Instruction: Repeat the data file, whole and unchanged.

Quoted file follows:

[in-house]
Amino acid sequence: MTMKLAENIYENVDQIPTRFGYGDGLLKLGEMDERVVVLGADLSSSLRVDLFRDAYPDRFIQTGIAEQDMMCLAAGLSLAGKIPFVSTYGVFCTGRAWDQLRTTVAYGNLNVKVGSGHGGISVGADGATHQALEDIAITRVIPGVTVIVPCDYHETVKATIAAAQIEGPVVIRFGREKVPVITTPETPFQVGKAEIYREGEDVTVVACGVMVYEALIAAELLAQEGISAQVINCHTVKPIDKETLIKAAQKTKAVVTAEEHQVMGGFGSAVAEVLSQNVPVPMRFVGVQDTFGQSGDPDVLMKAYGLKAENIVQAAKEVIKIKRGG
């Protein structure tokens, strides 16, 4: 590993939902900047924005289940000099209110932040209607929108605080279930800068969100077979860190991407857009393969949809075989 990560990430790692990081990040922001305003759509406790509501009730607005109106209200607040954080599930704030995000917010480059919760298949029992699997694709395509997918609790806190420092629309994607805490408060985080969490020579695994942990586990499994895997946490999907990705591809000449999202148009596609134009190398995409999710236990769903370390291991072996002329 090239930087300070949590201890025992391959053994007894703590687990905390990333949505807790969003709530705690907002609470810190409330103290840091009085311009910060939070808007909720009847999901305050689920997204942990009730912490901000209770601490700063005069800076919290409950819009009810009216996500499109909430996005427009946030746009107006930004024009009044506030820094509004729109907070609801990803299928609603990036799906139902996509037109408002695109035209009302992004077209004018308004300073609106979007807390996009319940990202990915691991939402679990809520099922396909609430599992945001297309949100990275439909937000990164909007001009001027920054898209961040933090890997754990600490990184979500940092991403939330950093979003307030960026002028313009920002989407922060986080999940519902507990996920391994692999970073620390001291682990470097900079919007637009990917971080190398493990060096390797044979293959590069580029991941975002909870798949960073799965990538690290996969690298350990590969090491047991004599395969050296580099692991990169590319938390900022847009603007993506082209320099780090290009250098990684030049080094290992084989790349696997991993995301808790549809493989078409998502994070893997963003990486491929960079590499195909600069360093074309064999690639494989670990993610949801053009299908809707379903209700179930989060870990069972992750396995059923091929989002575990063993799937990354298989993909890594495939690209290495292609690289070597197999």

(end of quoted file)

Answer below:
[in-house]
Amino acid sequence: MTMKLAENIYENVDQIPTRFGYGDGLLKLGEMDERVVVLGADLSSSLRVDLFRDAYPDRFIQTGIAEQDMMCLAAGLSLAGKIPFVSTYGVFCTGRAWDQLRTTVAYGNLNVKVGSGHGGISVGADGATHQALEDIAITRVIPGVTVIVPCDYHETVKATIAAAQIEGPVVIRFGREKVPVITTPETPFQVGKAEIYREGEDVTVVACGVMVYEALIAAELLAQEGISAQVINCHTVKPIDKETLIKAAQKTKAVVTAEEHQVMGGFGSAVAEVLSQNVPVPMRFVGVQDTFGQSGDPDVLMKAYGLKAENIVQAAKEVIKIKRGG
């Protein structure tokens, strides 16, 4: 590993939902900047924005289940000099209110932040209607929108605080279930800068969100077979860190991407857009393969949809075989 990560990430790692990081990040922001305003759509406790509501009730607005109106209200607040954080599930704030995000917010480059919760298949029992699997694709395509997918609790806190420092629309994607805490408060985080969490020579695994942990586990499994895997946490999907990705591809000449999202148009596609134009190398995409999710236990769903370390291991072996002329 090239930087300070949590201890025992391959053994007894703590687990905390990333949505807790969003709530705690907002609470810190409330103290840091009085311009910060939070808007909720009847999901305050689920997204942990009730912490901000209770601490700063005069800076919290409950819009009810009216996500499109909430996005427009946030746009107006930004024009009044506030820094509004729109907070609801990803299928609603990036799906139902996509037109408002695109035209009302992004077209004018308004300073609106979007807390996009319940990202990915691991939402679990809520099922396909609430599992945001297309949100990275439909937000990164909007001009001027920054898209961040933090890997754990600490990184979500940092991403939330950093979003307030960026002028313009920002989407922060986080999940519902507990996920391994692999970073620390001291682990470097900079919007637009990917971080190398493990060096390797044979293959590069580029991941975002909870798949960073799965990538690290996969690298350990590969090491047991004599395969050296580099692991990169590319938390900022847009603007993506082209320099780090290009250098990684030049080094290992084989790349696997991993995301808790549809493989078409998502994070893997963003990486491929960079590499195909600069360093074309064999690639494989670990993610949801053009299908809707379903209700179930989060870990069972992750396995059923091929989002575990063993799937990354298989993909890594495939690209290495292609690289070597197999």